What makes you attractive to advertisers? Enthusiasm and investment




Converting to a digital world isn’t just a problem for the news industry, according to co-founder of Pereira & O’Dell, P.J. Pereira. The advertising industry has spent more than a decade attempting to integrate the physical and digital worlds.

“We have to ask ourselves if we’re inventing the news industry today,” Pereira asked, “... how would we do it?”

Pereira presented a hypothetical about how a person would build an industry from the ground up as well as create and maintain a dominance in the industry. He applied this to how new media companies can make their advertising work for them.

“Advertisers like to partner with kings,” he said, explaining that what makes a news brand an attractive place for an advertiser is enthusiasm and an investment in your subject of expertise.

Pereira elieves all distinctions between forms of media — such as news, books, and magazines — should not exist. Rather, news media companies today should look at all tiers of the funnel to optimise their advertising potential.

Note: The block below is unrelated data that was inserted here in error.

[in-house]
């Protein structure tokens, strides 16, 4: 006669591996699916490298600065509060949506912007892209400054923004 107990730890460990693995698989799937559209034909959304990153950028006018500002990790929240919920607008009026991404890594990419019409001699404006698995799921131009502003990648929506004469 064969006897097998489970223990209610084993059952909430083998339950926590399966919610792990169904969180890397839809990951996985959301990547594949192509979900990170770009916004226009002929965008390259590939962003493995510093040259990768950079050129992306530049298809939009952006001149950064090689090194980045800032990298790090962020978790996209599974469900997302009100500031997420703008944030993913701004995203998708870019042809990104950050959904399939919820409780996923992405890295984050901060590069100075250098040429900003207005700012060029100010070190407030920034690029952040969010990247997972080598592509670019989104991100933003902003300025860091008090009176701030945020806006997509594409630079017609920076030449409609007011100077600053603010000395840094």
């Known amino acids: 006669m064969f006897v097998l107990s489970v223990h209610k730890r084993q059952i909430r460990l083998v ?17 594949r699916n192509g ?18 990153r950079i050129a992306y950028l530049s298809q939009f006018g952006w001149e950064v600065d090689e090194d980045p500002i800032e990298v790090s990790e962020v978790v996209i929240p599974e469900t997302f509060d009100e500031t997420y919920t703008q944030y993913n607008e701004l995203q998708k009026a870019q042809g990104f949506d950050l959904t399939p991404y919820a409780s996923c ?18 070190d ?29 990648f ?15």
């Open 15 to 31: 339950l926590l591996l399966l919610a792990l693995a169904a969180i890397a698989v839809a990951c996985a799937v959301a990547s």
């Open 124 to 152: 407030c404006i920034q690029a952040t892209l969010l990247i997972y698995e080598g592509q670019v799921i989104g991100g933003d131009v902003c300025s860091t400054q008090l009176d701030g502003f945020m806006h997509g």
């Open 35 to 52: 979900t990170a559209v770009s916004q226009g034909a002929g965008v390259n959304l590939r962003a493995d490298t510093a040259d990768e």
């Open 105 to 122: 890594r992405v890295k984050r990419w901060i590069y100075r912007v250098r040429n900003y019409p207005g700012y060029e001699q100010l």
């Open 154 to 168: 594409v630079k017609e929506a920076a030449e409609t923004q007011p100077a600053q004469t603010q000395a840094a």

All publishers should look at different factors contributing to what makes successful advertising such as range, point of view, and subject.

“If you aren’t making people talk about your brand, or getting the CMO’s wife or husband talk about your brand, you’re missing out on a great opportunity,” he said.

Pereira showed several advertising spots, highlighting some of what he considers the most creative approaches to marketing individual news brands.

An ad for the Independent, featuring creative shots juxtaposed with audio that lists warnings on what not to do. Another ad for the Mumbai Mirror had vignettes of several different people stating “I am Mumbai.”

This is where he spotlighted the importance of making the product exciting again, which he said was one of the keys to effective marketing. Pereira is looking for people to create ads like those to bring the energy back to creative advertising.

Pereira’s final point was that there is something inherently attractive about the print model in the news media. To bring this attitude back, the mission is to find the best way to tell an interesting story.

“We are the voice of people,” he said. “We’ve gotta be proud of that. We’ve gotta bring that energy back.”

Pereira strongly emphasised that the craft of print shouldn’t die, that it still has a unique value in today’s marketplace: “Your brand deserves to be celebrated in this new world.”

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